Transistors – Voltage Regulation Part XII

     Let’s continue our discussion with regard to the example circuit discussed last time and see how the Zener diode works in tandem with the limiting resistor to control current flow and hold the output voltage at a constant level.

Zener diode voltage regulator

Figure 1


     To recap our discussion from last week, the unregulated power supply portion of the circuit in Figure 1 generates an unregulated voltage, VUnregulated.  Then the Zener diode, which acts as a voltage regulator, takes in VUnregulated and converts it into a steady output voltage, VOutput.  Because these output terminals are connected to the ends of the Zener diode, VOutput  is equal to the voltage put out by it, denoted as VZener.

     The Zener diode, an excellent negotiator of current, is essentially involved in a constant trade off, substituting electric current that originates in the unregulated power supply portion of the circuit for voltage, VOutput, that will serve to power the external supply circuit.   In other words, the Zener diode draws as much current, IZ, through it as it needs, its objective being to keep VOutput at a constant level, and it will continue to provide this constant output, despite the fact that VUnregulated varies considerably.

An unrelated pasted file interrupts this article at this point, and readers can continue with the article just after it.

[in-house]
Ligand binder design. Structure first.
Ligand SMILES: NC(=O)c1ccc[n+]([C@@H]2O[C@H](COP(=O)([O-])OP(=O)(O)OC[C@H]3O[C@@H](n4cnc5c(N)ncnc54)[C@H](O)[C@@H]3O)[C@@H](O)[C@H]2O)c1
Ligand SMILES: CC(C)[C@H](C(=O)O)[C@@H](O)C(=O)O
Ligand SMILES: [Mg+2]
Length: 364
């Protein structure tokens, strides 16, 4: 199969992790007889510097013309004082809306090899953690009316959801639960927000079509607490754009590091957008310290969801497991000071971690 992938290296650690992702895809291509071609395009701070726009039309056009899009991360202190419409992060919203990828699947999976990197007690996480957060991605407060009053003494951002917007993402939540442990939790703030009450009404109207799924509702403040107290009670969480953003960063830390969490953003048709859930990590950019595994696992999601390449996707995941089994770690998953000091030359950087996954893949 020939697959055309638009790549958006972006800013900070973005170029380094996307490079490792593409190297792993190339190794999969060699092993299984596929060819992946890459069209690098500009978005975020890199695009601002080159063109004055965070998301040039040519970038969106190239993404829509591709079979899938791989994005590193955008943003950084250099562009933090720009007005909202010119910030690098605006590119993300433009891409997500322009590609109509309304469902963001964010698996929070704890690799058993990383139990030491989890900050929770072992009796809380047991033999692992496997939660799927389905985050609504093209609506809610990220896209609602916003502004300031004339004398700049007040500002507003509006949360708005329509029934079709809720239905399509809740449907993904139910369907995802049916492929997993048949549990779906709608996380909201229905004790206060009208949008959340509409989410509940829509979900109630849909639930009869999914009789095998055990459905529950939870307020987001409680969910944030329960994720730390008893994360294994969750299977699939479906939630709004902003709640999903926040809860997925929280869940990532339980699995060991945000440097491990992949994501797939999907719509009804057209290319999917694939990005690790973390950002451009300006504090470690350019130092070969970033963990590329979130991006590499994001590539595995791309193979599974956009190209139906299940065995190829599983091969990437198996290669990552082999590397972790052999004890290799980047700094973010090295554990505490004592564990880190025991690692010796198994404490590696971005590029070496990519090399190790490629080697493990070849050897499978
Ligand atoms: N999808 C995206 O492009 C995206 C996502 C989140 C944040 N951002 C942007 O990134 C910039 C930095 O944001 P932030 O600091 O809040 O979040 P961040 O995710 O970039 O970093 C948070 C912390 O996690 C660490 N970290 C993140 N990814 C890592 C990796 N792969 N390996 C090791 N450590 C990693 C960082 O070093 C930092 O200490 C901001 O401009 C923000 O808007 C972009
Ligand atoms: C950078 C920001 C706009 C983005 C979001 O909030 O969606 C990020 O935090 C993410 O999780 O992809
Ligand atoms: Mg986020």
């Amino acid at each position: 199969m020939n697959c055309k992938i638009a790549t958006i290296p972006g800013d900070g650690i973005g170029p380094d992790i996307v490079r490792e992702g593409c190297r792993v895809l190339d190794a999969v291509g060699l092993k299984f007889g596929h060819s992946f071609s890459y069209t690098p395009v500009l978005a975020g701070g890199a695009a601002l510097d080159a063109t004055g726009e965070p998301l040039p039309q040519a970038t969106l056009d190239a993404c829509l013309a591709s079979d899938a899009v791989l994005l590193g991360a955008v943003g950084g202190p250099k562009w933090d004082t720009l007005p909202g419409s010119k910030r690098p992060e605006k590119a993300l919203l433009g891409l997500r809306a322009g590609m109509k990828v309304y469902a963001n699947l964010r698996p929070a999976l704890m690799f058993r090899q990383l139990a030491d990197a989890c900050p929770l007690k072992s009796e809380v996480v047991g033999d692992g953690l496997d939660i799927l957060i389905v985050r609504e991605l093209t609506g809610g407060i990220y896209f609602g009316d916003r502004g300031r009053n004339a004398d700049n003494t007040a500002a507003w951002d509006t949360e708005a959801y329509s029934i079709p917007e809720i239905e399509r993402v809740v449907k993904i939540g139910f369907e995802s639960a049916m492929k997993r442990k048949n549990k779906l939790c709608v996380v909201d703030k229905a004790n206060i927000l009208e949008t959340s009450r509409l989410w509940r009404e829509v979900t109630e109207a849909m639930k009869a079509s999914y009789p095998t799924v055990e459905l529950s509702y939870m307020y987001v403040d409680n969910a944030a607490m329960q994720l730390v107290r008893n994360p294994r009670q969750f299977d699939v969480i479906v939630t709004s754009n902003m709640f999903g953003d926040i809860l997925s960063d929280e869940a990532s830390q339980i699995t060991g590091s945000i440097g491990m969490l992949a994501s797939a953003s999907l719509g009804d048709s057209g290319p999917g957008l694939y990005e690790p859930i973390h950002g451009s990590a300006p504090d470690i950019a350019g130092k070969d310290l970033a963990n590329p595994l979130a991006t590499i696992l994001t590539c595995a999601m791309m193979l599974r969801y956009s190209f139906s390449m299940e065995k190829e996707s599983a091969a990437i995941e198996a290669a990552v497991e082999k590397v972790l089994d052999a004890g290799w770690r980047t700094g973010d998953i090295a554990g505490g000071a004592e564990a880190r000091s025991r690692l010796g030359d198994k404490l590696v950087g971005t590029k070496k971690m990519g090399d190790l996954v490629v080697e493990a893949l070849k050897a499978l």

So, where does the current IZ come from?  From IPS, that is, the current flowing from the unregulated power supply area, as shown in Figure 1.  

     IPS flows through the limiting resistor to a junction within the circuit.  At this junction, IZ splits off from IPS and continues on to the Zener diode, while current I splits off from IPS on its way to the total internal resistance, RTotal, in the external supply circuit.  

     What this means is that when you add IZ and I together, you get IPS.  Mathematically speaking this is represented as:

IPS = IZ + I

     Why solve for IPS?  We’ll see why this is important when we revisit Ohm’s Law next week and gain a fuller understanding of how IPS, VUnregulated, VZener, and RLimiting relate to each other with regard to the Zener diode.  


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